NEW YORK ( TheStreet) -- Emerging markets generally grow faster than developed ones, so it's natural to want to invest in these markets to take advantage of this. But apart from political risk and mad dictators, there is also the constant risk that a country could run out of money in a global credit crunch and sharply reverse growth and destroy value. Investors in emerging markets should thus look at one statistic above all others: the country's balance of payments.
In looking at how much money, or credit, a country receives through public or private transactions versus how much it has doled out, otherwise known as a debit, investors can determine whether an emerging markets country is facing a balance of payments deficit -- a key danger factor.
The financial crisis of 2008-2009 showed emerging market debt flows are highly dependent on global liquidity conditions. With the volume of bond issues falling by half in 2008, compared to 2007, investors saw trading volume fall by a third. In a credit crisis, countries with a balance of payments deficit won't be able to finance debt and the value of businesses in the region will collapse. A
will also affect trade flows, so countries that are heavily dependent on oil, or other commodities, will see balance of payments deteriorate rapidly. As a result, balance of payments is the most important economic factor in choosing investments in emerging markets.
The International Monetary Fund (IMF) organization noted in its October 2014 "World Economic Outlook" a list of 17 countries expected to run account surpluses in 2014 and 2015. Of these countries, four have a combination of investable stock markets and reasonably stable business-friendly regimes, making them attractive places to invest.
Here's a fail-safe emerging markets portfolio that avoids the risk of a credit crisis:
China is forecast to continue running a balance of payments surplus in 2014-15. In addition, it has over $3 trillion in foreign exchange reserves. Even though its banking system contains huge amounts of unrecognized bad debts against real estate and its official forecast of 7% growth is probably overstated, it is in no danger of a liquidity crunch for the country as a whole. And China's position as the No. 1 automobile market indicates how far it has traveled. I prefer HAO to a general China fund, because by investing in companies with less than $1.5 billion market capitalization it avoids the big state behemoths that are often badly run. The fund has a 2% yield, an acceptable 0.76% expense ratio and an attractive P/E of 11.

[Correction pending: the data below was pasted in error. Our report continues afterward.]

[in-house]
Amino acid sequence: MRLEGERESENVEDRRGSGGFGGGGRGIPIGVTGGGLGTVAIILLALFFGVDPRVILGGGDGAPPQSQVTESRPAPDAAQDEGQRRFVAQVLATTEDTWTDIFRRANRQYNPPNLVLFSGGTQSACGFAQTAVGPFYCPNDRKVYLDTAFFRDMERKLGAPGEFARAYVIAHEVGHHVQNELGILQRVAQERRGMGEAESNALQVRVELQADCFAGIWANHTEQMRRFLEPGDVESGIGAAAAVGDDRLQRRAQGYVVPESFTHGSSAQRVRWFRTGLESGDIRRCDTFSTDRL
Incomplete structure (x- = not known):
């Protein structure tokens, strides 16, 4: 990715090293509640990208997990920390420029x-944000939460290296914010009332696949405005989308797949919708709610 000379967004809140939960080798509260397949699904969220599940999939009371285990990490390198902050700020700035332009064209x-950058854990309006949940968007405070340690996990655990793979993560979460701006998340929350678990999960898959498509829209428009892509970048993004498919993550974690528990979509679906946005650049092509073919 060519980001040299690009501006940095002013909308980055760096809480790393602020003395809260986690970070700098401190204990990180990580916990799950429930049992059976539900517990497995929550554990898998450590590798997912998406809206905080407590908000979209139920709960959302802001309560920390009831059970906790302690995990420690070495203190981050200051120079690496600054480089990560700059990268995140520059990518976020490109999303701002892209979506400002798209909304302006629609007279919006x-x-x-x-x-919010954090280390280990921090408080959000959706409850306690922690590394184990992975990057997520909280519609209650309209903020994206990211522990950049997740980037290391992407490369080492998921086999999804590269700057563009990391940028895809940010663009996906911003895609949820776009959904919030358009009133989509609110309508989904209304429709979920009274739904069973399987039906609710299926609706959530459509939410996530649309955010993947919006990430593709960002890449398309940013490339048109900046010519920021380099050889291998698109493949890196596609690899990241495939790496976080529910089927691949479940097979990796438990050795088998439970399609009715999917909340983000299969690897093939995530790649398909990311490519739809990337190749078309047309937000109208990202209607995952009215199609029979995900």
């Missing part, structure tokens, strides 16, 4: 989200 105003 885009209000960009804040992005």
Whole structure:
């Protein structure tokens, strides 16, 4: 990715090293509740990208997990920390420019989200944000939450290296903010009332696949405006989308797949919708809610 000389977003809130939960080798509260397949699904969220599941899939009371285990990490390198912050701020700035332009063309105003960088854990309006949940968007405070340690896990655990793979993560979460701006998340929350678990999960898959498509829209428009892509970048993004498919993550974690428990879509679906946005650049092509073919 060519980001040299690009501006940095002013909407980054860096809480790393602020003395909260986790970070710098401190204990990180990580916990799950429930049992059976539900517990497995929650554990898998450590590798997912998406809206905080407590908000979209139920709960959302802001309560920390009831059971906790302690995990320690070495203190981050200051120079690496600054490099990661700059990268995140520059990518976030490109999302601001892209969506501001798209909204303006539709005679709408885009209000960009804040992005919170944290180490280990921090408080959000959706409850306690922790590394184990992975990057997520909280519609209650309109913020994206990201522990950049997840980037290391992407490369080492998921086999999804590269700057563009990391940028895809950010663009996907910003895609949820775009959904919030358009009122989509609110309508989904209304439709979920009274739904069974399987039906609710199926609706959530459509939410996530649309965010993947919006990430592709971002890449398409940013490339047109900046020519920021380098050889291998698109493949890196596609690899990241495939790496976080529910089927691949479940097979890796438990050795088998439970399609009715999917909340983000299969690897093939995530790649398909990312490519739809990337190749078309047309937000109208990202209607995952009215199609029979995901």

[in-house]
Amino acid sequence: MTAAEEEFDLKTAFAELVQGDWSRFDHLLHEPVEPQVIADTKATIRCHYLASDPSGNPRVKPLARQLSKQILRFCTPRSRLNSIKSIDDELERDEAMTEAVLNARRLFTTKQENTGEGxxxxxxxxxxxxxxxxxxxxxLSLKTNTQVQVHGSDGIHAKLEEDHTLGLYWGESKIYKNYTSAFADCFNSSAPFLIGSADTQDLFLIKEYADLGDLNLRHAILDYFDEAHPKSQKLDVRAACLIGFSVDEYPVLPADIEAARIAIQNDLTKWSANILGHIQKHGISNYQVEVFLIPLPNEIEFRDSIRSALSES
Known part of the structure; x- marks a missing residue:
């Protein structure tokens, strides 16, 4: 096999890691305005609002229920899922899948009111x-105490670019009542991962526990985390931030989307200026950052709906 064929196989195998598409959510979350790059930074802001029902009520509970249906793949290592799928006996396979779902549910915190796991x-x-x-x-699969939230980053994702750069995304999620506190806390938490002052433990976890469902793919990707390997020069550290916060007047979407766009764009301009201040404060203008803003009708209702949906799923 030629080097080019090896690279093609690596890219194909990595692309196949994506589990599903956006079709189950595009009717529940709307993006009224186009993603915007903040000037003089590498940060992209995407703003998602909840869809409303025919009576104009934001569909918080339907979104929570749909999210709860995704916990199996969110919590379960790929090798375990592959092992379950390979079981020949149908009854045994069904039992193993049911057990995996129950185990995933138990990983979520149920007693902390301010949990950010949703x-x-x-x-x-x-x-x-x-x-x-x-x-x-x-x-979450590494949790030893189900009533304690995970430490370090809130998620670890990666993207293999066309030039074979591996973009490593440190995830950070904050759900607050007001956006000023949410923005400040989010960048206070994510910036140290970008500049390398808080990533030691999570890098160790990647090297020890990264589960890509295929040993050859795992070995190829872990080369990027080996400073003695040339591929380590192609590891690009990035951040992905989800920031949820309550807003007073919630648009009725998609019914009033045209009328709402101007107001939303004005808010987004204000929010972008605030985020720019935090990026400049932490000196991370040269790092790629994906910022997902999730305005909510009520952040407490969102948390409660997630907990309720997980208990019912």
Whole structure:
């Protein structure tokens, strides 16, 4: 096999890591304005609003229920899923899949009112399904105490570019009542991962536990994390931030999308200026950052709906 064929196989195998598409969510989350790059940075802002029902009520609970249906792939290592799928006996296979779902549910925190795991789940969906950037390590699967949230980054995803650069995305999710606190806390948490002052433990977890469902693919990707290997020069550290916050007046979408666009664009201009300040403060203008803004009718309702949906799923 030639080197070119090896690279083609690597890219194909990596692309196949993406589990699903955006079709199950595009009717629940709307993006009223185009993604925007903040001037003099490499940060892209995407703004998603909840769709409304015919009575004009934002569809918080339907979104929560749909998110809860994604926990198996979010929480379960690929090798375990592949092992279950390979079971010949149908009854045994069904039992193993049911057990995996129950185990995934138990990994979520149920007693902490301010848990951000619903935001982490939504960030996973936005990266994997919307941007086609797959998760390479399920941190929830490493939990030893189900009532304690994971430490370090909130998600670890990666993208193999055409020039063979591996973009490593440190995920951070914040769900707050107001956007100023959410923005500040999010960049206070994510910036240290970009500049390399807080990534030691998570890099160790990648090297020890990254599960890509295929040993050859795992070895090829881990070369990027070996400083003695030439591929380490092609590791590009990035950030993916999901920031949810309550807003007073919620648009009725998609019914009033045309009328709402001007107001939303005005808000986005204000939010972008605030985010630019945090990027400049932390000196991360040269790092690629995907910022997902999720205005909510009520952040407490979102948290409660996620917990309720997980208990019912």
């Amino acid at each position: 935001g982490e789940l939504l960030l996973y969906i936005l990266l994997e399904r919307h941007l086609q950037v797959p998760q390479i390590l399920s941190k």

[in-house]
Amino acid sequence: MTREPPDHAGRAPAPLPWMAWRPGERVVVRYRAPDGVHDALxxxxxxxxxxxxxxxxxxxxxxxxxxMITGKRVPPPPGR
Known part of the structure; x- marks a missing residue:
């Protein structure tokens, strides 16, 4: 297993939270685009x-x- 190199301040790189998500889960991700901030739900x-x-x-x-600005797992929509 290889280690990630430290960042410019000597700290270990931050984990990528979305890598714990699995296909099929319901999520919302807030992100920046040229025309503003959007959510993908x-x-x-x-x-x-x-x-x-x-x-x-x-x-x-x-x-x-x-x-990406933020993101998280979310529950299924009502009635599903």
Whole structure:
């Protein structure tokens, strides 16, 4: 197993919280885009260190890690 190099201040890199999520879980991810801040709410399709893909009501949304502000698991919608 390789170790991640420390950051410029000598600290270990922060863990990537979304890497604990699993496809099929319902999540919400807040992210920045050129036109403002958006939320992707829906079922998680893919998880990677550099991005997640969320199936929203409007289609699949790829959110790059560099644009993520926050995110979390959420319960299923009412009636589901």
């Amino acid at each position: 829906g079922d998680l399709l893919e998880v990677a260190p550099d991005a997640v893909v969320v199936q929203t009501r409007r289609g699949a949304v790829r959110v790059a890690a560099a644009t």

The IMF expects Malaysia to have a balance of payments surplus over 4% of GDP in 2014-2015. That figure may ultimately be lower, given Malaysia is a modest oil exporter. The IMF also forecasts growth of over 5% for both years, a healthy rate since Malaysia is already well up in the middle income scale at $17,500 GDP per capita. One thing to note is that poor countries generally grow faster than rich ones. EWM has a yield of 3.6%, a P/E ratio of 17 times and an expense ratio of a low 0.48%.
The Philippines is expected to enjoy a balance of payments surplus of around 3% of GDP in 2014-2015, according to the IMF forecast. It is also anticipated to capture stellar growth of 6%, even though the region is much poorer than Malaysia with a GDP per capita of only $4,700. Like Malaysia, the Philippines is solidly in the democratic camp. EPHE has a yield of only 0.8%, a P/E of 19 and an expense ratio of 0.62%.
Thailand, according to the IMF forecast, is anticipated to post a modest balance of payments surplus in 2014-15, but the country may do better than that because it benefits from lower oil prices. The country suffered severe political unrest and a military coup earlier this year and, as a result, the IMF is forecasting growth of only 1% in 2014. But for next year, it projects growth above 4%. In Thailand, the GDP per capita is $9,900, which is between the wealth of residents in Malaysia and the Philippines. THD is cheap at only 13 times earnings with a yield of 2.2% and an expense ratio of 0.62%.
This article is commentary by an independent contributor, separate from TheStreet's regular news coverage. At the time of publication, the author held positions in HAO and EWM.